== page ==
Dementia with Lewy bodies

Dementia with Lewy bodies is a progressive condition that affects movement and motor control. It may account for 10-15% of all cases of dementia but is often mistaken for Alzheimer’s disease and therefore diagnosed wrongly.

What causes dementia with Lewy bodies?

Dementia with Lewy bodies is caused by abnormal clumps of protein (called Lewy bodies) gathering inside brain cells. These Lewy bodies build up mainly in the parts of the brain responsible for thought, muscle movement and visual perception.

Managing the effects of dementia with Lewy bodies

A person with dementia with Lewy bodies might:

  • be prone to falls
  • have tremors (similar to Parkinson’s disease)
  • have trouble swallowing
  • shuffle when they walk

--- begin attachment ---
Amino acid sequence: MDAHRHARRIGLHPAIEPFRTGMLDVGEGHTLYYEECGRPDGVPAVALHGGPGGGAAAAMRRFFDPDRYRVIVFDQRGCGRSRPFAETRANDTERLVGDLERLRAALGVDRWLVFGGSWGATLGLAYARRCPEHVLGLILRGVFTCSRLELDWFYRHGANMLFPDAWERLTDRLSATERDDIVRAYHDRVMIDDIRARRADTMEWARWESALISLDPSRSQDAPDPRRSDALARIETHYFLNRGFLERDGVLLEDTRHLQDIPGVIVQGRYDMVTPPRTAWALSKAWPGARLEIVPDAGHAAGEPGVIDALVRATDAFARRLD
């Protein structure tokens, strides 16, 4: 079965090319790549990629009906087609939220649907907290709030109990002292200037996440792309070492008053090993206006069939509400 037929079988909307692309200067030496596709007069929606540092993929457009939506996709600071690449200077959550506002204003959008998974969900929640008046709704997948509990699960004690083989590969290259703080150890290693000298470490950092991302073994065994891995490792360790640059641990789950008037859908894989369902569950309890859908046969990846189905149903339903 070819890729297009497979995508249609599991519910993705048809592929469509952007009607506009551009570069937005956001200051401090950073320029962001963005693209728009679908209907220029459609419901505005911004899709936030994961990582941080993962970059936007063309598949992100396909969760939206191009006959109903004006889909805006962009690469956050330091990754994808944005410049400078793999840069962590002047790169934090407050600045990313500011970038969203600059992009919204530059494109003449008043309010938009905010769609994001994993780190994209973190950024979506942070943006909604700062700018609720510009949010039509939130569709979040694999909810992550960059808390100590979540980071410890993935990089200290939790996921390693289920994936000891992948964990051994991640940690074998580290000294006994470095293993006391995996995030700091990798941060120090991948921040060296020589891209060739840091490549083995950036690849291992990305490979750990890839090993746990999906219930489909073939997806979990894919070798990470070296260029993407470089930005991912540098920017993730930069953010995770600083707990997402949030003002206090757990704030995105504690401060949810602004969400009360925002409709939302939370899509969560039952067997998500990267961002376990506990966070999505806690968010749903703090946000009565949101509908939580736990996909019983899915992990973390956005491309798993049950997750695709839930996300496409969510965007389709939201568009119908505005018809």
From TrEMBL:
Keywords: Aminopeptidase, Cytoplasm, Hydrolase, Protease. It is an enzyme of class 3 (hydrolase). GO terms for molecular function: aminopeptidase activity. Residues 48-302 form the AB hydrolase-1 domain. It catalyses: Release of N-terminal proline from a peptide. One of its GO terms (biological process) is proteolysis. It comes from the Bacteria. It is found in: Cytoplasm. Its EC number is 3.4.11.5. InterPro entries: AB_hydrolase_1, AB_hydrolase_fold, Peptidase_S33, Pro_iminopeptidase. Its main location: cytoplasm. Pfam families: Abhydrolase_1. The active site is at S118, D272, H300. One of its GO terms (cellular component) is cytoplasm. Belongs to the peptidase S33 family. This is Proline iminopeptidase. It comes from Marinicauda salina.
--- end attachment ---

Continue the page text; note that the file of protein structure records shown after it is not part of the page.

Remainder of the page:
• experience disrupted sleep patterns due to intense dreams/nightmares
  • have visual and auditory hallucinations due to the nerve cell damage

Memory is often less affected than with other types of dementia, but a person might experience sudden bouts of confusion which can change on an hourly basis.

The interventions for Dementia with Lewy bodies focus on symptom control and include; physiotherapy, occupational therapy, counselling, groups and activities. Medication can be prescribed to help reduce distressing hallucinations and to help with concentration and memory issues.

What is dementia

Dementia is an umbrella term used to describe a range of progressive neurological disorders, that is, conditions affecting the brain

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Types of dementia

Dementia is the broad term used to describe a number of different conditions affecting the brain. Find out more about the most common types of dementia

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Sue's story

Sue’s mother had Parkinson’s disease and after she sadly passed away her father was diagnosed with Lewy body dementia

Read Sue's story